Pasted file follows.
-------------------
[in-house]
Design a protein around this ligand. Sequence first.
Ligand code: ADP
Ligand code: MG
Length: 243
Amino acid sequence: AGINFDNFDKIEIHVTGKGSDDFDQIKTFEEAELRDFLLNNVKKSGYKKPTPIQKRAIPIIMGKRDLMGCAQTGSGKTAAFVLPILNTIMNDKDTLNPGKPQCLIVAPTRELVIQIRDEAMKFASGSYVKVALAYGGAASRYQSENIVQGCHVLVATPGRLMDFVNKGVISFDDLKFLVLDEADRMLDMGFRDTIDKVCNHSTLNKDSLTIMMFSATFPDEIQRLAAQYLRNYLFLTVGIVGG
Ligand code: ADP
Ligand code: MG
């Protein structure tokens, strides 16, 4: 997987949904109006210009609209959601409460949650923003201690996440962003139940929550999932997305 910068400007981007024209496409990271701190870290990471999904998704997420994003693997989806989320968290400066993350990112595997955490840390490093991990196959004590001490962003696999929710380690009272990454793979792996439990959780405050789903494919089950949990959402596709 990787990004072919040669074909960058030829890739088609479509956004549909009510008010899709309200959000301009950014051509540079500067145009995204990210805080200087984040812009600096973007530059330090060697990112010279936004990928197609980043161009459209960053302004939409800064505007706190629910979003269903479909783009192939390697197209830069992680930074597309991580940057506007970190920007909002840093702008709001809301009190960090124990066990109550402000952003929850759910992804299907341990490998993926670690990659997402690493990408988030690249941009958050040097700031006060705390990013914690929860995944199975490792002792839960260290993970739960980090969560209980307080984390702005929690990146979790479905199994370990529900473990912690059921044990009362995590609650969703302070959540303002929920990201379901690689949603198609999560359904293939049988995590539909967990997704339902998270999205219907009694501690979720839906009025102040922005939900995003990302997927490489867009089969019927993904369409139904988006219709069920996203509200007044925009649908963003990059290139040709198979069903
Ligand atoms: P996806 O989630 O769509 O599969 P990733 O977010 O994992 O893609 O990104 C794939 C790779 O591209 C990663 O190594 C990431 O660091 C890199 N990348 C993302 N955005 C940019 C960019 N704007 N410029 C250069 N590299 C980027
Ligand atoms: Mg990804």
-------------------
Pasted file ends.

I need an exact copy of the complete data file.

[in-house]
Design a protein around this ligand. Sequence first.
Ligand code: ADP
Ligand code: MG
Length: 243
Amino acid sequence: AGINFDNFDKIEIHVTGKGSDDFDQIKTFEEAELRDFLLNNVKKSGYKKPTPIQKRAIPIIMGKRDLMGCAQTGSGKTAAFVLPILNTIMNDKDTLNPGKPQCLIVAPTRELVIQIRDEAMKFASGSYVKVALAYGGAASRYQSENIVQGCHVLVATPGRLMDFVNKGVISFDDLKFLVLDEADRMLDMGFRDTIDKVCNHSTLNKDSLTIMMFSATFPDEIQRLAAQYLRNYLFLTVGIVGG
Ligand code: ADP
Ligand code: MG
């Protein structure tokens, strides 16, 4: 997987949904109006210009609209959601409460949650923003201690996440962003139940929550999932997305 910068400007981007024209496409990271701190870290990471999904998704997420994003693997989806989320968290400066993350990112595997955490840390490093991990196959004590001490962003696999929710380690009272990454793979792996439990959780405050789903494919089950949990959402596709 990787990004072919040669074909960058030829890739088609479509956004549909009510008010899709309200959000301009950014051509540079500067145009995204990210805080200087984040812009600096973007530059330090060697990112010279936004990928197609980043161009459209960053302004939409800064505007706190629910979003269903479909783009192939390697197209830069992680930074597309991580940057506007970190920007909002840093702008709001809301009190960090124990066990109550402000952003929850759910992804299907341990490998993926670690990659997402690493990408988030690249941009958050040097700031006060705390990013914690929860995944199975490792002792839960260290993970739960980090969560209980307080984390702005929690990146979790479905199994370990529900473990912690059921044990009362995590609650969703302070959540303002929920990201379901690689949603198609999560359904293939049988995590539909967990997704339902998270999205219907009694501690979720839906009025102040922005939900995003990302997927490489867009089969019927993904369409139904988006219709069920996203509200007044925009649908963003990059290139040709198979069903
Ligand atoms: P996806 O989630 O769509 O599969 P990733 O977010 O994992 O893609 O990104 C794939 C790779 O591209 C990663 O190594 C990431 O660091 C890199 N990348 C993302 N955005 C940019 C960019 N704007 N410029 C250069 N590299 C980027
Ligand atoms: Mg990804």